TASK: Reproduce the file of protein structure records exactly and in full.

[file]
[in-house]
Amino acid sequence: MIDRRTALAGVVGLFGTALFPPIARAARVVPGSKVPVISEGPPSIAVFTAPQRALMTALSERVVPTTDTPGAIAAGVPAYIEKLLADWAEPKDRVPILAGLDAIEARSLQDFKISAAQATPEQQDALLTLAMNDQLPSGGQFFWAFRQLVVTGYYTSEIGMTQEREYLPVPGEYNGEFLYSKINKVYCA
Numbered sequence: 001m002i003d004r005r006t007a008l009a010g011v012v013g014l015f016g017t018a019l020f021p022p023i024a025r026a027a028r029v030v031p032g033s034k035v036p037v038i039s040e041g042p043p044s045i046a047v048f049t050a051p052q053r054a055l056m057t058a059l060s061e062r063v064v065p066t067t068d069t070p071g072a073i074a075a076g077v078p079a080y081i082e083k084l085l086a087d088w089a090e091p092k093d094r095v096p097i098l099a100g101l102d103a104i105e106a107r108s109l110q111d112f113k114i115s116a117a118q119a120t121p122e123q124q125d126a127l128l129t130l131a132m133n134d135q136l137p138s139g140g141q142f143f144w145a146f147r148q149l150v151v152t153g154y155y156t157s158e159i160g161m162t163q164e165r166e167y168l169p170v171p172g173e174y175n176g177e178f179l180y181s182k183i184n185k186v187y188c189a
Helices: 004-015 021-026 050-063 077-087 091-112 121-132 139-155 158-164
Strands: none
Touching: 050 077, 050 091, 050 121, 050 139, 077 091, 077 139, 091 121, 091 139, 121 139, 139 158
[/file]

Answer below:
[in-house]
Amino acid sequence: MIDRRTALAGVVGLFGTALFPPIARAARVVPGSKVPVISEGPPSIAVFTAPQRALMTALSERVVPTTDTPGAIAAGVPAYIEKLLADWAEPKDRVPILAGLDAIEARSLQDFKISAAQATPEQQDALLTLAMNDQLPSGGQFFWAFRQLVVTGYYTSEIGMTQEREYLPVPGEYNGEFLYSKINKVYCA
Numbered sequence: 001m002i003d004r005r006t007a008l009a010g011v012v013g014l015f016g017t018a019l020f021p022p023i024a025r026a027a028r029v030v031p032g033s034k035v036p037v038i039s040e041g042p043p044s045i046a047v048f049t050a051p052q053r054a055l056m057t058a059l060s061e062r063v064v065p066t067t068d069t070p071g072a073i074a075a076g077v078p079a080y081i082e083k084l085l086a087d088w089a090e091p092k093d094r095v096p097i098l099a100g101l102d103a104i105e106a107r108s109l110q111d112f113k114i115s116a117a118q119a120t121p122e123q124q125d126a127l128l129t130l131a132m133n134d135q136l137p138s139g140g141q142f143f144w145a146f147r148q149l150v151v152t153g154y155y156t157s158e159i160g161m162t163q164e165r166e167y168l169p170v171p172g173e174y175n176g177e178f179l180y181s182k183i184n185k186v187y188c189a
Helices: 004-015 021-026 050-063 077-087 091-112 121-132 139-155 158-164
Strands: none
Touching: 050 077, 050 091, 050 121, 050 139, 077 091, 077 139, 091 121, 091 139, 121 139, 139 158